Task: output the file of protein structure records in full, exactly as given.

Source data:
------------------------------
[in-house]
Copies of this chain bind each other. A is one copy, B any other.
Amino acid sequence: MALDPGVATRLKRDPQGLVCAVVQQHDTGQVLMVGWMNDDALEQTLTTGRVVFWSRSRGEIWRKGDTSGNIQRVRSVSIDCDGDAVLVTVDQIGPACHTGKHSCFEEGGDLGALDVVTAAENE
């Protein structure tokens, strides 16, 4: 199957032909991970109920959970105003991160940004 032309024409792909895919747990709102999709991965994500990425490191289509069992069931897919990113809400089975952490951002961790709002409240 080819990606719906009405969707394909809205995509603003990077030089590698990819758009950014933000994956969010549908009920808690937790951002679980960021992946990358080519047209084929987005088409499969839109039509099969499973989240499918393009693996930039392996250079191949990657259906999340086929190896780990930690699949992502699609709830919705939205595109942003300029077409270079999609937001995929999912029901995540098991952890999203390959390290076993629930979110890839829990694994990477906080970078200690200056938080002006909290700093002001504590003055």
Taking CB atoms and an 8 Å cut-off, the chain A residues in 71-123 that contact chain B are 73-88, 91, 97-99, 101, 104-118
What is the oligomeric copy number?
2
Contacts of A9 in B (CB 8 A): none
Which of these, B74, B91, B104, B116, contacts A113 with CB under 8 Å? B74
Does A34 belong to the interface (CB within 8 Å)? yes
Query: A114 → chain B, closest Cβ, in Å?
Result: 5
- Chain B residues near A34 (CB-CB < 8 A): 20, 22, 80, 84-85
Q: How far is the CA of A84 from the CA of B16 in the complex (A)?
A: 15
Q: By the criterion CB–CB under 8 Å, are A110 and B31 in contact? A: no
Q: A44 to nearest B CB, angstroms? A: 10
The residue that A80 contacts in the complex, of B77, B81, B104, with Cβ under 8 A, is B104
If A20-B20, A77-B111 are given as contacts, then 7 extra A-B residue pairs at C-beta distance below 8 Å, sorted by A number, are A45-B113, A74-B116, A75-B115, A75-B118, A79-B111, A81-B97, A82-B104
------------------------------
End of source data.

[in-house]
Copies of this chain bind each other. A is one copy, B any other.
Amino acid sequence: MALDPGVATRLKRDPQGLVCAVVQQHDTGQVLMVGWMNDDALEQTLTTGRVVFWSRSRGEIWRKGDTSGNIQRVRSVSIDCDGDAVLVTVDQIGPACHTGKHSCFEEGGDLGALDVVTAAENE
């Protein structure tokens, strides 16, 4: 199957032909991970109920959970105003991160940004 032309024409792909895919747990709102999709991965994500990425490191289509069992069931897919990113809400089975952490951002961790709002409240 080819990606719906009405969707394909809205995509603003990077030089590698990819758009950014933000994956969010549908009920808690937790951002679980960021992946990358080519047209084929987005088409499969839109039509099969499973989240499918393009693996930039392996250079191949990657259906999340086929190896780990930690699949992502699609709830919705939205595109942003300029077409270079999609937001995929999912029901995540098991952890999203390959390290076993629930979110890839829990694994990477906080970078200690200056938080002006909290700093002001504590003055």
Taking CB atoms and an 8 Å cut-off, the chain A residues in 71-123 that contact chain B are 73-88, 91, 97-99, 101, 104-118
What is the oligomeric copy number?
2
Contacts of A9 in B (CB 8 A): none
Which of these, B74, B91, B104, B116, contacts A113 with CB under 8 Å? B74
Does A34 belong to the interface (CB within 8 Å)? yes
Query: A114 → chain B, closest Cβ, in Å?
Result: 5
- Chain B residues near A34 (CB-CB < 8 A): 20, 22, 80, 84-85
Q: How far is the CA of A84 from the CA of B16 in the complex (A)?
A: 15
Q: By the criterion CB–CB under 8 Å, are A110 and B31 in contact? A: no
Q: A44 to nearest B CB, angstroms? A: 10
The residue that A80 contacts in the complex, of B77, B81, B104, with Cβ under 8 A, is B104
If A20-B20, A77-B111 are given as contacts, then 7 extra A-B residue pairs at C-beta distance below 8 Å, sorted by A number, are A45-B113, A74-B116, A75-B115, A75-B118, A79-B111, A81-B97, A82-B104